- Associated Press - Sunday, November 12, 2017

AMARILLO, Texas (AP) - A three-generation family bookstore that got its start in 1955 is going out of business.

The Amarillo Globe-News reports A&D; Bookstore plans to close for good Dec. 31, and the reason is no mystery.

“We just don’t have enough customers to keep it going,” said owner Elnora Dennis, 72, who has been part of the business since she and her husband Dale bought it from Dale’s father, E.L. Dennis, in 1979.

Some industry websites once called A&D; “the largest church and school teacher supply store from Dallas to Denver.” As is the case with many successful ventures, this one had humble beginnings.

“My father-in-law was still preaching in 1955,” Dennis recalled. “He was selling large-print Bibles and Sunday school curriculum out of his garage.”

E.L. Dennis then partnered with George Pierce, who owned Pierce’s Book Nook, and they opened their store on 10th Avenue. When Pierce bowed out a short time later, E.L. created the first A&D; Bookstore.

The business experienced healthy growth for the next several decades. In 2002, it opened a second location in space once occupied by Heilig-Meyers Furniture. Five years ago, it moved into the Paramount building that once was home to Proffit’s Lawn & Leisure.

Elnora Dennis remembers the evolution.

“It started as a Bible bookstore (with) commentaries, cards, books and children’s curriculum for Sunday school,” she said. “Then the teachers were coming in and said we ought to get some teaching stuff in.”

She said A&D; could buy from three vendors once upon a time. Today, she estimated, there may be a hundred.

“The more we bought, the bigger our store got,” she laughed. “We sold to teachers and churches and everybody in between.”

Dennis remembered the store’s mimeograph machines and the copies they would make, especially as she retraced the history of many of those handouts teachers gave to their students in the classroom.

“First we had the mimeograph, and then that went out,” she said. “Then we had the reproducible (books with inserts teachers could copy and print), and then that went out. Well, they don’t need them anymore. They just have it all on their smart boards and their computers.”

But a smattering of customers continued to like “old school” education methods.

“We still have people come in and buy it (the reproducibles), so you wonder,” she said.

Homeschool materials were once another popular area at the store. Dennis said more and more people choose to homeschool but go to their computers for their education needs.

The family tradition upon which A&D; was founded continues today, even as the store starts to wind down.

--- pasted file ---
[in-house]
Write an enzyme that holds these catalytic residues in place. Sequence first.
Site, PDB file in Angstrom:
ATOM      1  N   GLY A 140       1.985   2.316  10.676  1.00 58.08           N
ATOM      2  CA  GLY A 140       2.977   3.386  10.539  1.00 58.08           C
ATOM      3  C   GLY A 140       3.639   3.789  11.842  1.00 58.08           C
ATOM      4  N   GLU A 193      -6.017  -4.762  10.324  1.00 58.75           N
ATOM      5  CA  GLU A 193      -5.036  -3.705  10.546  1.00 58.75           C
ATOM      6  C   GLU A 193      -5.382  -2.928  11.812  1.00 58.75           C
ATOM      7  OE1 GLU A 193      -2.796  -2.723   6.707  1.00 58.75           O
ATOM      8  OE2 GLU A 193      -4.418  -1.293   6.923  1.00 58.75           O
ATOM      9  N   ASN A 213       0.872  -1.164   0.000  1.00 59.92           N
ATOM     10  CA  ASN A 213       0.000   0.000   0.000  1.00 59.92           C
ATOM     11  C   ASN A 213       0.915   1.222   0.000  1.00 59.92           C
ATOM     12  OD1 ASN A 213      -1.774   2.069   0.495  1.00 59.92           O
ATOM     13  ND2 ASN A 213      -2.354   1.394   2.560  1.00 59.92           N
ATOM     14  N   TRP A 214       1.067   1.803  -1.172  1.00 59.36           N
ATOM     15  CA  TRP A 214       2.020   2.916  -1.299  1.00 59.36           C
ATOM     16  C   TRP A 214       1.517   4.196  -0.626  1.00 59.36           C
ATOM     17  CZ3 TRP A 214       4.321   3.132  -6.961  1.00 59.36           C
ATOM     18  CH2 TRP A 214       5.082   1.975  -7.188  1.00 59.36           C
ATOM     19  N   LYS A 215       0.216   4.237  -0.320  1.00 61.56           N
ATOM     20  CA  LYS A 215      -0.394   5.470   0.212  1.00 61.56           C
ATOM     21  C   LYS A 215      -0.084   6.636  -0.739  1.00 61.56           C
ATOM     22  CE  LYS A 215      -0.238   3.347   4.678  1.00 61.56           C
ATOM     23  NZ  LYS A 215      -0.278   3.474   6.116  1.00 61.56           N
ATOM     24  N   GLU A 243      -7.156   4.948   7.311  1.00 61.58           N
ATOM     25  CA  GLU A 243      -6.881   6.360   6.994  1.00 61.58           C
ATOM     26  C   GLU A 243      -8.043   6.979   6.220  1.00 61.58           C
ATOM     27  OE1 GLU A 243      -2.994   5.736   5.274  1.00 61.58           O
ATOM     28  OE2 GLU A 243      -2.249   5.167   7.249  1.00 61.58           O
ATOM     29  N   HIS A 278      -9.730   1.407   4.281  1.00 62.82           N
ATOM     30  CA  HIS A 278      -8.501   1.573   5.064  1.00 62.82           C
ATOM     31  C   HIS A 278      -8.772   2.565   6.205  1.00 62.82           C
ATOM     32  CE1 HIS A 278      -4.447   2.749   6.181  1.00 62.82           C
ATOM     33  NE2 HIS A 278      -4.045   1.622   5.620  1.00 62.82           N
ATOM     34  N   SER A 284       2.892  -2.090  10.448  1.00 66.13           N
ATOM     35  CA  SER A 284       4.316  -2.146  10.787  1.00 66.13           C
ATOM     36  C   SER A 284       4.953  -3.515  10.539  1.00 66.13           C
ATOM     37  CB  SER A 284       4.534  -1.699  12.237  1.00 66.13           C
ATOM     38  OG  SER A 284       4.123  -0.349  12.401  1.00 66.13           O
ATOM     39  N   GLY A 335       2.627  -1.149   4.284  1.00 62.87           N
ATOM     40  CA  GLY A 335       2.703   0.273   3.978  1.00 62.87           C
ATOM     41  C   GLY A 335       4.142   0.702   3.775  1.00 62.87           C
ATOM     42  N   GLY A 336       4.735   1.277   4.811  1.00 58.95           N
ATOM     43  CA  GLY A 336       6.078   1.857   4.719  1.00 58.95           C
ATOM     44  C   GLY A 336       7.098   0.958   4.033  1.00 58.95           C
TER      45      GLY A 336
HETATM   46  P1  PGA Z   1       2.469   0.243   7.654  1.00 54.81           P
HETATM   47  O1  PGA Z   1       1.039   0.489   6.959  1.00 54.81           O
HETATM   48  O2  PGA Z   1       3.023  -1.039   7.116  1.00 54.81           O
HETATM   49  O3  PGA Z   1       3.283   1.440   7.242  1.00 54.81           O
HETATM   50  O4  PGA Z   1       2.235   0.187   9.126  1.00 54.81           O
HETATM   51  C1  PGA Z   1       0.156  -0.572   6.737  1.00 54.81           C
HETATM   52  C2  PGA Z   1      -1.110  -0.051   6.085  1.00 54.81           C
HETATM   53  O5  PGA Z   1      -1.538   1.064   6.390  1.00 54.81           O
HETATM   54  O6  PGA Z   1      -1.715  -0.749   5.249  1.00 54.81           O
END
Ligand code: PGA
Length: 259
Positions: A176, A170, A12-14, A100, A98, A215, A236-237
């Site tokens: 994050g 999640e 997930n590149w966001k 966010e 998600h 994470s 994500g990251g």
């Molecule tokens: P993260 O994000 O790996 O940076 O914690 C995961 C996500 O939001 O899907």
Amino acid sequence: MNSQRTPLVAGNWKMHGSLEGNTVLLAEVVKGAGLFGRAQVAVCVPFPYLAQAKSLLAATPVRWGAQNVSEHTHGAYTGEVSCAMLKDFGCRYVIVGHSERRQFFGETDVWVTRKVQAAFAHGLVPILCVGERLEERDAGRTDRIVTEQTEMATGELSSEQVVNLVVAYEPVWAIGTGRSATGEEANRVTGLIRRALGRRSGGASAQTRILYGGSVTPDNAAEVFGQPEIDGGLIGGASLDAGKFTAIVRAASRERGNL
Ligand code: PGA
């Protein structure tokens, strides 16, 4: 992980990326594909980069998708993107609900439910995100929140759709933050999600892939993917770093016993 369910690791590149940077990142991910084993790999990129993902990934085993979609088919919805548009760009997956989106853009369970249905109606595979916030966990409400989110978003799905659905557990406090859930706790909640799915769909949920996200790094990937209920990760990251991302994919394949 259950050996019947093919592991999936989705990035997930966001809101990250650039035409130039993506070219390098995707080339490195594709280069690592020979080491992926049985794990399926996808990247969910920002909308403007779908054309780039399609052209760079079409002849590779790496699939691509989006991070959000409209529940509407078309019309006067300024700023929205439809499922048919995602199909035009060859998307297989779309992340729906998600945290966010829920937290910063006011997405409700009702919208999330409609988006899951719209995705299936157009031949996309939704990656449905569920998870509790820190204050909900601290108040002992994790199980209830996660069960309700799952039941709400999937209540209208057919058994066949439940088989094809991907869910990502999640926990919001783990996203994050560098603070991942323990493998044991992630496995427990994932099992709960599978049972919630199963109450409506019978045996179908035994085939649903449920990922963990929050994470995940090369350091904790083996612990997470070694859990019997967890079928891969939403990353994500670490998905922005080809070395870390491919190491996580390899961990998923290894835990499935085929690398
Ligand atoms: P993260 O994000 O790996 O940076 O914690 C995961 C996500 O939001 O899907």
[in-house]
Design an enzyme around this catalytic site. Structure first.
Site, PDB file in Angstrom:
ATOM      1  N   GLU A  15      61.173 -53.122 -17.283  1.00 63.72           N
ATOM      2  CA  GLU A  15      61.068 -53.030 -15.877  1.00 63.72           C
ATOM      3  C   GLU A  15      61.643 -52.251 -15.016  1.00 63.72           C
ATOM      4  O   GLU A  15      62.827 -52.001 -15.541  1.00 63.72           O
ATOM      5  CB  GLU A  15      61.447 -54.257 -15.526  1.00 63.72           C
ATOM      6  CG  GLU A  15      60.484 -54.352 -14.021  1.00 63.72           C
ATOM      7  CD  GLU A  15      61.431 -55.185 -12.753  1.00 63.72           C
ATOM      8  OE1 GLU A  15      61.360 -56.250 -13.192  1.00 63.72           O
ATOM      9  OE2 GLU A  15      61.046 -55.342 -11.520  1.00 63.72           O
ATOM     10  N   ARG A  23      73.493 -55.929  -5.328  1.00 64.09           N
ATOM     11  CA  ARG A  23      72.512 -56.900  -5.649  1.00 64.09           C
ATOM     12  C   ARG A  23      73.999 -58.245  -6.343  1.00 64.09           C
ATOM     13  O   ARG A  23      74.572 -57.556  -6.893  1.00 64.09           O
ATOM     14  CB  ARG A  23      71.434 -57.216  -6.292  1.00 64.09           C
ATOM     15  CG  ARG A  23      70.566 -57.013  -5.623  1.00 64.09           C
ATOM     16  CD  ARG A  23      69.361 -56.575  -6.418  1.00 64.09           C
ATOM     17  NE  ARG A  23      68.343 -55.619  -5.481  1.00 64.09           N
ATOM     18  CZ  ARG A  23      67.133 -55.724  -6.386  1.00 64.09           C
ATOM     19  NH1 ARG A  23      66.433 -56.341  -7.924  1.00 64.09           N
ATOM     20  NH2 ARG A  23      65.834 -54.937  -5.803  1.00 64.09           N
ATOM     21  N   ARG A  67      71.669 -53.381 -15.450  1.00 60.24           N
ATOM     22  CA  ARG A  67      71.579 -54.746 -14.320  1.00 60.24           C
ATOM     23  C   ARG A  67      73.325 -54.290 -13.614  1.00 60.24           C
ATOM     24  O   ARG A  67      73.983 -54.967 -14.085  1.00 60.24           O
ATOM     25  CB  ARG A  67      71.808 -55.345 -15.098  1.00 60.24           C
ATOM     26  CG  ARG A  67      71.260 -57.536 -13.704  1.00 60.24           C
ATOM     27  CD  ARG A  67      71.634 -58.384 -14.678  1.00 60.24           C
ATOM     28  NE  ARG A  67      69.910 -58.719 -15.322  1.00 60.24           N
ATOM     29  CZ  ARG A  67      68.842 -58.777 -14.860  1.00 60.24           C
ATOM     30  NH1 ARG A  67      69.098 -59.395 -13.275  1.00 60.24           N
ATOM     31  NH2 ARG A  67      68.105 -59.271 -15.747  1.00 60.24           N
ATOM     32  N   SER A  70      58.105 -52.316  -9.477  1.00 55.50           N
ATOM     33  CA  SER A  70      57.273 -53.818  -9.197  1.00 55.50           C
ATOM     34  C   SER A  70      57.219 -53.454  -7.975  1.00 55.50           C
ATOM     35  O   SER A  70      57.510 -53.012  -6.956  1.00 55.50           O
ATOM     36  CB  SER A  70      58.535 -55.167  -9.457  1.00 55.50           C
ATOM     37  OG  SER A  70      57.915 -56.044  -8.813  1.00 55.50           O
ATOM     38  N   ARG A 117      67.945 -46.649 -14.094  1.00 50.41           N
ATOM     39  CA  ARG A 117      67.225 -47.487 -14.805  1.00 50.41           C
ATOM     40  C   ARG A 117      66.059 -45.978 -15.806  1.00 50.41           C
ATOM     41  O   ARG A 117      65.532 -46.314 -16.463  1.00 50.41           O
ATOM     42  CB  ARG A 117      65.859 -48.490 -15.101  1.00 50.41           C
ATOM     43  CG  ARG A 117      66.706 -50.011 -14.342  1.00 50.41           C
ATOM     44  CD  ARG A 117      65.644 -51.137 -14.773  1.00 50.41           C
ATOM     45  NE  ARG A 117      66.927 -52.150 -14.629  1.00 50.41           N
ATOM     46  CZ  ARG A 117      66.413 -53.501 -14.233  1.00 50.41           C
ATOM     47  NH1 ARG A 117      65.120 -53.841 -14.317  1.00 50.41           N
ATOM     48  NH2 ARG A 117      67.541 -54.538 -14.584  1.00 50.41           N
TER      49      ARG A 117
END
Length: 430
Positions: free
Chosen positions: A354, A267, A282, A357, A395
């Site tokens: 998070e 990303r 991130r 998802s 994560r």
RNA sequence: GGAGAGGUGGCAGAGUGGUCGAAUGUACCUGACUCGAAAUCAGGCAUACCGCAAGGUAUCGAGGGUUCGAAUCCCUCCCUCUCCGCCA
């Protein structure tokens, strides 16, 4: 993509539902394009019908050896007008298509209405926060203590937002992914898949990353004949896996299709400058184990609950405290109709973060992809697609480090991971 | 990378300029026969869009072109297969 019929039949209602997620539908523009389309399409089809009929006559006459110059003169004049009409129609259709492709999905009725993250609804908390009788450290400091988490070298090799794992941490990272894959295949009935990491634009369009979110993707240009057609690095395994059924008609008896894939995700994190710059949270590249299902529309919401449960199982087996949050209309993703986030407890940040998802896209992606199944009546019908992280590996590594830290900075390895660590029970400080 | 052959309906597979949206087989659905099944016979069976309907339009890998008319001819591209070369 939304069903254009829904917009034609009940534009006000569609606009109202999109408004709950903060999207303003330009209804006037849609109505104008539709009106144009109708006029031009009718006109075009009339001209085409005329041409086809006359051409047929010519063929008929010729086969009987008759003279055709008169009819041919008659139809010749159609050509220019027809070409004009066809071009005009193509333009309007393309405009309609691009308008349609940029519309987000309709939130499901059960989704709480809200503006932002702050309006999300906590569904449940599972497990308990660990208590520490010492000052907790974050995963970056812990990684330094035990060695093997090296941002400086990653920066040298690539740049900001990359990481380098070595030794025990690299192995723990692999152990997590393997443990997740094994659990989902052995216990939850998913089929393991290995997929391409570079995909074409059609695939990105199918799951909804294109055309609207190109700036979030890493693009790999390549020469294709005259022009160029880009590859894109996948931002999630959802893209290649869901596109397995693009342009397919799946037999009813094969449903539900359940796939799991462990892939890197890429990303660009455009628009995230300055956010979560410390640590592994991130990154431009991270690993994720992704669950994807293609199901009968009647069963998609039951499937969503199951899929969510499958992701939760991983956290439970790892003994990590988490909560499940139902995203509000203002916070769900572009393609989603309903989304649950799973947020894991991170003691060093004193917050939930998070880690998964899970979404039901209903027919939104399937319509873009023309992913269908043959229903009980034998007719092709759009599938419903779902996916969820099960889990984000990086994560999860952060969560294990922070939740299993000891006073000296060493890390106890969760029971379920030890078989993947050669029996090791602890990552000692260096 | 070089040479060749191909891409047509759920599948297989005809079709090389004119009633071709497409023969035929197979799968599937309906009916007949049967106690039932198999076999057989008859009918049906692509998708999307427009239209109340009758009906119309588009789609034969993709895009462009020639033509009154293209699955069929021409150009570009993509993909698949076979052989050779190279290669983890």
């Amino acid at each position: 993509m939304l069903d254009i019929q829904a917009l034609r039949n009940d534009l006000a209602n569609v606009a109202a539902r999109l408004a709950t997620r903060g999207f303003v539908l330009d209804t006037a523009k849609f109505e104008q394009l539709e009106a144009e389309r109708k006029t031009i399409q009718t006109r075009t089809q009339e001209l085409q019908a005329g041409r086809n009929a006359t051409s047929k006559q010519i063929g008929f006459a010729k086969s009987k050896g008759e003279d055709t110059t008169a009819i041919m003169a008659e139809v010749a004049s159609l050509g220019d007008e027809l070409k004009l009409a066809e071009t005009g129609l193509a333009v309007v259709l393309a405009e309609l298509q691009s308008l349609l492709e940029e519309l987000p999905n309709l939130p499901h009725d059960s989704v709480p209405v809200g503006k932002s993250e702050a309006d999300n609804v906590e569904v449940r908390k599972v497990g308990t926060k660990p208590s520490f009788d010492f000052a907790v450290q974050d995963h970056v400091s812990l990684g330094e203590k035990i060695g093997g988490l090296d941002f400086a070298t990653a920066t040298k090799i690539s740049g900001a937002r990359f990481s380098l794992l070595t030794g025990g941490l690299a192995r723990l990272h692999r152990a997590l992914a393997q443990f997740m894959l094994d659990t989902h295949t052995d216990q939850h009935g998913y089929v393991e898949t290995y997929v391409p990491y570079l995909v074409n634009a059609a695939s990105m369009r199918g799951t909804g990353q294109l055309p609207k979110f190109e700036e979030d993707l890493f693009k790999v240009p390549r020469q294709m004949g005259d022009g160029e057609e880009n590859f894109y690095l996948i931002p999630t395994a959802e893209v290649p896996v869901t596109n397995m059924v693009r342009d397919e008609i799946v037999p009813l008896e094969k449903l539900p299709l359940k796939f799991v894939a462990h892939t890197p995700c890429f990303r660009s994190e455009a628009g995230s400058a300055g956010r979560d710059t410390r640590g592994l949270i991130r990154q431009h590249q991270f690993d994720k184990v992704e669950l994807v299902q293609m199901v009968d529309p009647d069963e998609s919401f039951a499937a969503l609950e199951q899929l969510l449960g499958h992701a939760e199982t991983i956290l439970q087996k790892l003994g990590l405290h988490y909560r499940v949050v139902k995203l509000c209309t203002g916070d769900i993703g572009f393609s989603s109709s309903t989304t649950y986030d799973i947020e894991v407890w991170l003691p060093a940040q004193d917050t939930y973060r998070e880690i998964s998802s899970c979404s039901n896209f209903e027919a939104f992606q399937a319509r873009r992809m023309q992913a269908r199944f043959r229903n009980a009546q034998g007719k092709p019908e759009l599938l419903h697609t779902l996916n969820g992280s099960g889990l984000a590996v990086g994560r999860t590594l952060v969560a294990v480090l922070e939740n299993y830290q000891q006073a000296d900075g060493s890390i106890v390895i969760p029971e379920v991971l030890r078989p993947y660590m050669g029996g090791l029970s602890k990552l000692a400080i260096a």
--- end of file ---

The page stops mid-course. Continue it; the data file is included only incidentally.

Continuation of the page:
“I’ve got two sons who are employed and one grandson,” she said, “and we’ve had several grandchildren over the years as they went through college and this and that.”

The bookstore will honor all gift certificates through Dec. 31. The going-out-of-business sale features 10 percent off all educational products and 40 percent off everything else.

Elnora Dennis expressed her thanks to all of A&D;’s customers over the years. After that last day, she said, she will welcome retirement.

“I’m just waiting,” she anticipated. “I’m going to love it.”

She said her top priority will be “working with the church more.” Husband Dale ministers for San Jacinto Church of Christ.

Amarillo Chamber of Commerce VP of Business Development and Governmental Affairs Jason Harrison praised A&D; for its longevity.

“60 years, they found a way to succeed,” he said. “It says a lot about our local business community in that they fight through the struggles.”

In the end, though, he said it appeared A&D; succumbed to the problem many companies face in the 21st century: how a brick-and-mortar business that loses or doesn’t find its niche can compete with online shopping.

“We just saw that recently with Hastings,” Harrison pointed out. “If you don’t keep up with the times, then you run the risk of getting left behind.”

Dennis said bookstores everywhere are fighting the popularity of the internet to survive.

“It’s just too easy,” she said. “They’re going to have to change.”

But she said she has no idea exactly what changes they would have to make to stay afloat.

“If I did, I might keep going,” she said. “We’re just not as necessary as we once were.”


Information from: Amarillo Globe-News, http://www.amarillo.com

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